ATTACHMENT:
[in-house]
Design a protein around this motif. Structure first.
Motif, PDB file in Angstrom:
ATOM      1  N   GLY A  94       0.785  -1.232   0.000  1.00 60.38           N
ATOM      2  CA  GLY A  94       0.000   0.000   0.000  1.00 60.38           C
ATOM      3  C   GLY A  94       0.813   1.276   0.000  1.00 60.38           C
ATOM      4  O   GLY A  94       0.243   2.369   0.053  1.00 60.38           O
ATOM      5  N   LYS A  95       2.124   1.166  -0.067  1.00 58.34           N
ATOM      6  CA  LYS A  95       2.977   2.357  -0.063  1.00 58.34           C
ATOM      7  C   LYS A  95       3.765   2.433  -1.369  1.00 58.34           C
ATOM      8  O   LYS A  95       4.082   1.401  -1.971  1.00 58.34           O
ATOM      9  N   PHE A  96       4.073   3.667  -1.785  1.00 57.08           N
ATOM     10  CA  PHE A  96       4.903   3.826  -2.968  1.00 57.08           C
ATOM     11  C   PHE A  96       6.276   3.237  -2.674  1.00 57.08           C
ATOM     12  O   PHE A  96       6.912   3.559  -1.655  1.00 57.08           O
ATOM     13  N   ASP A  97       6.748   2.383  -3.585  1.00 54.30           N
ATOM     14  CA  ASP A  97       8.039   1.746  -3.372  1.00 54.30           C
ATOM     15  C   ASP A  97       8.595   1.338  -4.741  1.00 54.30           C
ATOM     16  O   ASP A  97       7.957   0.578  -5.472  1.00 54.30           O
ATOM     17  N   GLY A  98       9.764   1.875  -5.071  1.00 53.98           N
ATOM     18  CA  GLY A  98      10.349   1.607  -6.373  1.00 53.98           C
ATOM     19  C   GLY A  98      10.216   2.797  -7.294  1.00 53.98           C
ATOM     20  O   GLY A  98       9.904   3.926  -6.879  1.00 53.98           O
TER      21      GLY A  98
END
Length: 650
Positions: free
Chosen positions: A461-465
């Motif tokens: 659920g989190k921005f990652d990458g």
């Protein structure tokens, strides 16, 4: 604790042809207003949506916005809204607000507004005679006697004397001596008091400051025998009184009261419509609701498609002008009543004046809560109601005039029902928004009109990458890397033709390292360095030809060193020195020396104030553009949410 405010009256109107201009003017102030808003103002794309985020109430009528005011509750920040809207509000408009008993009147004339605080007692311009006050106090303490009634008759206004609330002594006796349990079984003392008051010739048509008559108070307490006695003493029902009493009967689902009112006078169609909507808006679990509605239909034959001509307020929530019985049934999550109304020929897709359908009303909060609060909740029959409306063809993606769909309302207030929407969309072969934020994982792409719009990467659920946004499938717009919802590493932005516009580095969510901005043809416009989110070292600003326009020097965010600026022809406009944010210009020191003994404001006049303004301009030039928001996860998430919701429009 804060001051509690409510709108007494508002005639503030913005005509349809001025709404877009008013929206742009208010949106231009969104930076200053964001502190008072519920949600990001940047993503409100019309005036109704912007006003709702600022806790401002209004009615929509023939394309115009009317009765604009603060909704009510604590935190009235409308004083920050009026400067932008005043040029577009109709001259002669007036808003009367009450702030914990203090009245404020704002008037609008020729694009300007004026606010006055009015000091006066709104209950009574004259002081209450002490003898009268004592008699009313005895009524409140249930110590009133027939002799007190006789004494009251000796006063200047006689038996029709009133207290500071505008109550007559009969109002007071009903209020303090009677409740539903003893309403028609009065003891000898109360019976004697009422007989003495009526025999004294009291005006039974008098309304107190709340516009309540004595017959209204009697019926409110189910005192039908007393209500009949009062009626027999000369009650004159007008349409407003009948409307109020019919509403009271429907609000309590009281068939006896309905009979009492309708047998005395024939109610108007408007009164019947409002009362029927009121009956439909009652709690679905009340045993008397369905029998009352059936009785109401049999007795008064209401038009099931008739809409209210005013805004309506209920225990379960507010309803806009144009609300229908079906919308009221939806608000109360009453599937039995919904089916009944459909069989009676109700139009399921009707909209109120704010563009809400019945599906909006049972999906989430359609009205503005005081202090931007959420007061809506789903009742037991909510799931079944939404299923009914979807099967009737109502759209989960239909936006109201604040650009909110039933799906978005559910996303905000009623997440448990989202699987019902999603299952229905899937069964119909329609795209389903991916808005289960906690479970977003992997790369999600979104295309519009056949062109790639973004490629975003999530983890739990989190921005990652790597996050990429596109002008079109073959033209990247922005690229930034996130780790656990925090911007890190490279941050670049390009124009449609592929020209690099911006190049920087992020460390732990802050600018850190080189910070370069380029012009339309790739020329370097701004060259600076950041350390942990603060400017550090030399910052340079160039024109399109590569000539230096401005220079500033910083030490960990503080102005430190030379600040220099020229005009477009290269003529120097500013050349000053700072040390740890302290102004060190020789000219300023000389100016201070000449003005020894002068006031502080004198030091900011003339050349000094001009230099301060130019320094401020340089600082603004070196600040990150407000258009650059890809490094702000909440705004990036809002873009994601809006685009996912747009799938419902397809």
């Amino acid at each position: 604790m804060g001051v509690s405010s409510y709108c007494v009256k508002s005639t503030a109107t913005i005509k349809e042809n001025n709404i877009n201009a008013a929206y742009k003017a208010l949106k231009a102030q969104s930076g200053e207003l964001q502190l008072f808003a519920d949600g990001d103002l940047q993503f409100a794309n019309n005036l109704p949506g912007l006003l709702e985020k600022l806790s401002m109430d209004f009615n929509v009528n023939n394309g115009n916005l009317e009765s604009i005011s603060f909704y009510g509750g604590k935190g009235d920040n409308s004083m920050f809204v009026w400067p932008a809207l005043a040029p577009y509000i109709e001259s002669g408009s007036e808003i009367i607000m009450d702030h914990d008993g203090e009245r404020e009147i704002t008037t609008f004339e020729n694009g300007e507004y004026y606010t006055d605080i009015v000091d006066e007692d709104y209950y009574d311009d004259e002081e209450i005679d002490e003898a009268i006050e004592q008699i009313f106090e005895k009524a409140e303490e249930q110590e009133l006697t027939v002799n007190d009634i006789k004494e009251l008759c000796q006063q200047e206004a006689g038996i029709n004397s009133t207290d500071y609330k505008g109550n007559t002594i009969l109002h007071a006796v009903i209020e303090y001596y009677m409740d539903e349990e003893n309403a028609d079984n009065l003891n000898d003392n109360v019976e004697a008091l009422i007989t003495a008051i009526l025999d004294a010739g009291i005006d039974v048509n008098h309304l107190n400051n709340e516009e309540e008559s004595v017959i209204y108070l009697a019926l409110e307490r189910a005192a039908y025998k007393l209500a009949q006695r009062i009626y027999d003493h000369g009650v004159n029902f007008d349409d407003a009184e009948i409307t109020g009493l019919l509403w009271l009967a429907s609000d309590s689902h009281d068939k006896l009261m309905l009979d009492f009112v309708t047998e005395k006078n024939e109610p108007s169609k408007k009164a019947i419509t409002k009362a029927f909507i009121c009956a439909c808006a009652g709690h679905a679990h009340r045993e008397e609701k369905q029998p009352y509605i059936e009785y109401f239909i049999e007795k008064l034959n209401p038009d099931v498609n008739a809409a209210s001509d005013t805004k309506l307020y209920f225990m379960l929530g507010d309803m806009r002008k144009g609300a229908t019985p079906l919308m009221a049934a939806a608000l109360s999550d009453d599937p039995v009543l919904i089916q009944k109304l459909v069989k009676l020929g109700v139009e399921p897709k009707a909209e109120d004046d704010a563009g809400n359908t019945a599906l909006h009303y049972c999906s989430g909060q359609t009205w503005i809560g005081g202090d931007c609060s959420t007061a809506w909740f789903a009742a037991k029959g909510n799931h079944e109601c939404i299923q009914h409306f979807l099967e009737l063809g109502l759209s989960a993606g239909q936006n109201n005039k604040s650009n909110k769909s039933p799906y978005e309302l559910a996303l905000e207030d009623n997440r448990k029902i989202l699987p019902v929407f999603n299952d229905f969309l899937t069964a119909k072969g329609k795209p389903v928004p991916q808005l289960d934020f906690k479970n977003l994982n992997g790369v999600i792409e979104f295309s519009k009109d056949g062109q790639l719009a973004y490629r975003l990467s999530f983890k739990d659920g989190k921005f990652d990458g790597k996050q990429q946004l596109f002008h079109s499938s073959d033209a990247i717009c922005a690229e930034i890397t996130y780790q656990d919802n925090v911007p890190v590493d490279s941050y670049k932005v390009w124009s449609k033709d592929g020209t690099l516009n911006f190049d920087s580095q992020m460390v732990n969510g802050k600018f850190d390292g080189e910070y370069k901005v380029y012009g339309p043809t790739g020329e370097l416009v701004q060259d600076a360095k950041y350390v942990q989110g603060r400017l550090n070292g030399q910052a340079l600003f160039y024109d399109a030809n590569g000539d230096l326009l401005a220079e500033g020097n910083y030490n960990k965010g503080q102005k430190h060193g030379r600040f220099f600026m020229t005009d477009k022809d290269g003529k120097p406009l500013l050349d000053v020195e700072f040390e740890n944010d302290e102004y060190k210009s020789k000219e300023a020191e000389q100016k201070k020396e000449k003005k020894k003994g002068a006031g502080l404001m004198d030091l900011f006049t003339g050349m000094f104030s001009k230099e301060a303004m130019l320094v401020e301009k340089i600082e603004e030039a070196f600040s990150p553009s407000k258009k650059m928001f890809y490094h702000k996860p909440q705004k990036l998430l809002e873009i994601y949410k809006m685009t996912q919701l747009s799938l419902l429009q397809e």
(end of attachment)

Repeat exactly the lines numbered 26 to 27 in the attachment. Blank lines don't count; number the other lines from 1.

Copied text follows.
Length: 650
Positions: free